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Windows 8.1 video tour puts a friendly face on the Start screen

Mark Hachman | June 6, 2013
Microsoft's pulled some of the best features of Windows Phone out into its new revision, and taken a step forward.

Desktop wallpaper and personalization options
Another handholding feature for the newbies, Microsoft has also said that the compamny will allow users to change the background color of the Start screen. In a nod to the sort of full-motion backgrounds that now appear on some Android smartphones, Microsoft also said that it would add a few quasi-interactive, moving backgrounds, such as a dragon.

And in a nice touch, the Start menu will now be able to share the same background image as the Desktop. Sadly, this may be the most important component of the video. Simply syncing the background image of the two UIs goes a long way to implying that they're part of a cohesive whole. If I were Microsoft, I'd be tempted to make this the default option.

Search improvements
Microsoft has revamped the Search app to give results a more "app-like" feel, with a flood of text, images, related searches, and other content. Frankly, if you're used to living within a Google text-based environments, the gush of multimedia is going to feel a little overwhelming. Basically, if you're looking for an answer, it's not clear that the revised Search is going to deliver what you're looking for. But if you're performing a topic search on a celebrity or band, the revamped search may offer a lot more what you're looking for.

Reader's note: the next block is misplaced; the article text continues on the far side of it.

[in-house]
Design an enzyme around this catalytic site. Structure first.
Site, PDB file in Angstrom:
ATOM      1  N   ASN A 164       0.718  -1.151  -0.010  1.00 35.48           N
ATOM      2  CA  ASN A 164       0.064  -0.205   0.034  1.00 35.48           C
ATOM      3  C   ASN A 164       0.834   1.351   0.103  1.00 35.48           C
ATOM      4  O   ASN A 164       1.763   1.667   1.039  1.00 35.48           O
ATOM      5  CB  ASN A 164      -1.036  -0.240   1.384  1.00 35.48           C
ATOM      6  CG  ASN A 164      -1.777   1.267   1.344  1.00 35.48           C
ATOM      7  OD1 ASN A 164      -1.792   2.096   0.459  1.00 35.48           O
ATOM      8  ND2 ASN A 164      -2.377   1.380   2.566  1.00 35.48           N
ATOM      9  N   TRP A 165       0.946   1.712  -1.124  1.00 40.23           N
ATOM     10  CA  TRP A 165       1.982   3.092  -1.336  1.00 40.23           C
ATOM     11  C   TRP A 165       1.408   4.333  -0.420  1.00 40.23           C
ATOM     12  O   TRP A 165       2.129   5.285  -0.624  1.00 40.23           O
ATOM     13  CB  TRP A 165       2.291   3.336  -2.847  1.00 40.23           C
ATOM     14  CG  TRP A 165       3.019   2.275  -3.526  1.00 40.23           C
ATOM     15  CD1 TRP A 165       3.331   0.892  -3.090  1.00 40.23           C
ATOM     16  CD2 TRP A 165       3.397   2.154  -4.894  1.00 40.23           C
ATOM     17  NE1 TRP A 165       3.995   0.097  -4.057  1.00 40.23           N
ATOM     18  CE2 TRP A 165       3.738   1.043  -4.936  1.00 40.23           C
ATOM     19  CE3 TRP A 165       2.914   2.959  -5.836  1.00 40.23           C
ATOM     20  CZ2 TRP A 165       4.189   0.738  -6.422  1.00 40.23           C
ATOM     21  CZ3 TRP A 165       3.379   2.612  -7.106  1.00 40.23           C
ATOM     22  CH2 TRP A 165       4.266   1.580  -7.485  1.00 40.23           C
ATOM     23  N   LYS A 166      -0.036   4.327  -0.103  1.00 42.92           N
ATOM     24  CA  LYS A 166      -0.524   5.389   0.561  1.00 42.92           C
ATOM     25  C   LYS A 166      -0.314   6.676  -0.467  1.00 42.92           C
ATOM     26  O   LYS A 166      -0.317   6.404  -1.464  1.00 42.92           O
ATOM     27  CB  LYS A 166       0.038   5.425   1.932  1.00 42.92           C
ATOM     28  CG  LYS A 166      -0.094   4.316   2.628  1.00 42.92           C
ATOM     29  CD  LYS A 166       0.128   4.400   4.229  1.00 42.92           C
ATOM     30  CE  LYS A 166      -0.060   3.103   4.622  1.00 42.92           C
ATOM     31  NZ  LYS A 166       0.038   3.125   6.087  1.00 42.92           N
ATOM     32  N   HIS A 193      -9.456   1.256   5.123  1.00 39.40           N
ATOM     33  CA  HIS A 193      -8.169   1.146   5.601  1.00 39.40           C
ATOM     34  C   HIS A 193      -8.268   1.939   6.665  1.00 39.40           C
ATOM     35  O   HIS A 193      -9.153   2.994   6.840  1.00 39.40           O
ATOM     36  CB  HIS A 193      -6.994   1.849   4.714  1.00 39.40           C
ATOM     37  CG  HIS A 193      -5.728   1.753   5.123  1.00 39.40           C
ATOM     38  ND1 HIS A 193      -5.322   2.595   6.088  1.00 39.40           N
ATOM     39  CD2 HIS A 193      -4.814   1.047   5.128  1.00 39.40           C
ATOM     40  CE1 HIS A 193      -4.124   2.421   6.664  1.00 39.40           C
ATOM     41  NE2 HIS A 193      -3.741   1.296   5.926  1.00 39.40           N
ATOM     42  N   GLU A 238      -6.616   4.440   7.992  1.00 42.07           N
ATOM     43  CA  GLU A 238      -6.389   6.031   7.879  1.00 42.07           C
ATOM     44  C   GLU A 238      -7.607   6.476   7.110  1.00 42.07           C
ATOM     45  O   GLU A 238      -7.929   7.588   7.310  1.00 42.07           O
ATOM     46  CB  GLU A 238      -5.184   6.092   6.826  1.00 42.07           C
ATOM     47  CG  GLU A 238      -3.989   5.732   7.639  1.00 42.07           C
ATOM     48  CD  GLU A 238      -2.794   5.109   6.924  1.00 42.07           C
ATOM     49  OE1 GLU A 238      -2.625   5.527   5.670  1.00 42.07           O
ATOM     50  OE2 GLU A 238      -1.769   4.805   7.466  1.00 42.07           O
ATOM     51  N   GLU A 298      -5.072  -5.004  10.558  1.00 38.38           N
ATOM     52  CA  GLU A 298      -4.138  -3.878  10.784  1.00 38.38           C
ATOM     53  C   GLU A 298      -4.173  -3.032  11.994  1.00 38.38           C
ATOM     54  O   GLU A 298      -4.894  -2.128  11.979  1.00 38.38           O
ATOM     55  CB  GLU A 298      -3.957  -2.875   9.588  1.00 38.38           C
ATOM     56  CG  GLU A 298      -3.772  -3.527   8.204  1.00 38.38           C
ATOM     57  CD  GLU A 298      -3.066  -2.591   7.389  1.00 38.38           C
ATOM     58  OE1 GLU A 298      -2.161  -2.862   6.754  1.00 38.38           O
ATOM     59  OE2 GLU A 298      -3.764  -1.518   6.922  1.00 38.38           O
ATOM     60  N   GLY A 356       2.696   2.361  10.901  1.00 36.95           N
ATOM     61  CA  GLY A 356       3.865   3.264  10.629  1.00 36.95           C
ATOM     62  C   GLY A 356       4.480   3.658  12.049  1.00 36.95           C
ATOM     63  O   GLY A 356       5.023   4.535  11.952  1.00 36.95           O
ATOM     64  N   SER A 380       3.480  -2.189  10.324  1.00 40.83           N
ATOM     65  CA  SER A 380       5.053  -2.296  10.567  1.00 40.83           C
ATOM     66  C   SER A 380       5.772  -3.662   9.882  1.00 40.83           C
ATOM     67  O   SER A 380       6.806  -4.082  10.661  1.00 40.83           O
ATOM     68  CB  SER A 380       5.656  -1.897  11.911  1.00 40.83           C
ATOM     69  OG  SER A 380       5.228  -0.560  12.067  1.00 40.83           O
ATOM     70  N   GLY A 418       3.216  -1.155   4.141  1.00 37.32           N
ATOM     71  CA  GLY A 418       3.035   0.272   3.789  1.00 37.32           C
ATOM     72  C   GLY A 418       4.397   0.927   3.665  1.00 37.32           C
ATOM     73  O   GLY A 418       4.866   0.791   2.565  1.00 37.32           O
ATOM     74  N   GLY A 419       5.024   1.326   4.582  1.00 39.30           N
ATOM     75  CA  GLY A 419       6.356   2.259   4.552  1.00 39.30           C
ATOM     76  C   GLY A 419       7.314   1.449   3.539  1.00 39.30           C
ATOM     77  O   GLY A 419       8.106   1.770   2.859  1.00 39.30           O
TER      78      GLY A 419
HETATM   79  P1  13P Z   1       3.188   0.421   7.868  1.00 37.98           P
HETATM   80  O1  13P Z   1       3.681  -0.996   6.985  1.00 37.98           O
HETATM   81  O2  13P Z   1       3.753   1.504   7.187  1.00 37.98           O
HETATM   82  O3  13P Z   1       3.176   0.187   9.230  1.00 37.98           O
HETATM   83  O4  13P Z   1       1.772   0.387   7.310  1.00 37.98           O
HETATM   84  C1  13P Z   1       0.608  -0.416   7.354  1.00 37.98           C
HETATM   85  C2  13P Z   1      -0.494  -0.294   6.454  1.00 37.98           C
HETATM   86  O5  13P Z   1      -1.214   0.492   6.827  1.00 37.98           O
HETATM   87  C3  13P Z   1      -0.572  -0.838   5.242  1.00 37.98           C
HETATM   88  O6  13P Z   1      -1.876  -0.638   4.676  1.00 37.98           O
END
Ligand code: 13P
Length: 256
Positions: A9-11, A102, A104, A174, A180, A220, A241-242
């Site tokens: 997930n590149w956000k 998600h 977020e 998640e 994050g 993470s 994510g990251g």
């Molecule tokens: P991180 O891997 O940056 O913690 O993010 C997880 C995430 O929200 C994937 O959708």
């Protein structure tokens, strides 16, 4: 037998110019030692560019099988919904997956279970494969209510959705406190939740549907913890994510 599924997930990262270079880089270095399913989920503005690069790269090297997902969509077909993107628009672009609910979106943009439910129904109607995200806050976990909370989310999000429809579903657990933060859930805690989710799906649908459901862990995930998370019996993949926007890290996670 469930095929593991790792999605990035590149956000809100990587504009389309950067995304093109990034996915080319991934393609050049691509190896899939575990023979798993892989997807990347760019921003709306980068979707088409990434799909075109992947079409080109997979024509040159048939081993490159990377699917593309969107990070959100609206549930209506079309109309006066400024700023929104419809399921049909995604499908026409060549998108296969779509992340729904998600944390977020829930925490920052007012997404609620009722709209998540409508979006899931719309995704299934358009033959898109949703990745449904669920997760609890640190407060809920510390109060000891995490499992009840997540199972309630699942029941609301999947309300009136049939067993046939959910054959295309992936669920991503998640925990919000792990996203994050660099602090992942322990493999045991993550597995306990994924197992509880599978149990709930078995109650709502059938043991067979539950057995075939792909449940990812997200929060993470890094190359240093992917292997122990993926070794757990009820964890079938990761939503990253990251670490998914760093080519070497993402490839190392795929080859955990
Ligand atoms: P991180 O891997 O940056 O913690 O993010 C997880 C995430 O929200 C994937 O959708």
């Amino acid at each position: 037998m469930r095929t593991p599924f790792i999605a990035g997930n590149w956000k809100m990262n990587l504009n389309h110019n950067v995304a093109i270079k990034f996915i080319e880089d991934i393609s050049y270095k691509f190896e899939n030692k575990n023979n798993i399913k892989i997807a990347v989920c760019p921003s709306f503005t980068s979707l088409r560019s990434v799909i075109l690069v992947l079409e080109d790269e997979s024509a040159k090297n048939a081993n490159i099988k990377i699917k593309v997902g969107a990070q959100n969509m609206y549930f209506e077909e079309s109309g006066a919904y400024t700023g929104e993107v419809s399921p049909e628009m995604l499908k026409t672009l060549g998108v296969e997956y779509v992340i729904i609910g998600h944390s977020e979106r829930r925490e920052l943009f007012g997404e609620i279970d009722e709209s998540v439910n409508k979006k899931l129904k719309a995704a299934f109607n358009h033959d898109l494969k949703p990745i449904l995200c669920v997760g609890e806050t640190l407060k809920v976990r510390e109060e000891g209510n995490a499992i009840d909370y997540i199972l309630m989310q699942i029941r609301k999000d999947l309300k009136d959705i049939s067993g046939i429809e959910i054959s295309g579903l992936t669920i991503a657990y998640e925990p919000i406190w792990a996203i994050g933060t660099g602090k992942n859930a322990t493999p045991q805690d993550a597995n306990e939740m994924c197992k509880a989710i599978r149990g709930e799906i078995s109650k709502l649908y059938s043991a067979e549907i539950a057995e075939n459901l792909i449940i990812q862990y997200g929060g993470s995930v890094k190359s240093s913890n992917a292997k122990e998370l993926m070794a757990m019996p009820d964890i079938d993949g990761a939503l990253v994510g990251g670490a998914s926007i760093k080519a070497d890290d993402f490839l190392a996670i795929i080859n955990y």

Microsoft has also revamped its own internal search, so that the Web is better integrated with search results. Put another way, simply inputting a few letters into the search box will pull up internal apps and settings as well as external search results. It sounds a little overwhelming, but maybe it will work better in practice.

SkyDrive integration
Virtually every app within Windows 8.1 includes SkyDrive integration, allowing users to save their files in the cloud. However, users also have the ability to save their files locally, and not on SkyDrive, for additional privacy.

App splitting
To this day, I really have no idea why Microsoft continues to be so proud of this feature. Yes, two apps are running side by side, which may be a parallel programming trick that I'm unaware of. But sizing windows next to each other so that the results from more than one can be viewed simultaneously has been a feature of Windows, since, well, Windows.

Larger screens will support four apps running at once. Hurray!

One nice feature: photos displayed using the Photo app can be edited somewhat within the app itself, making them appear more attractive.


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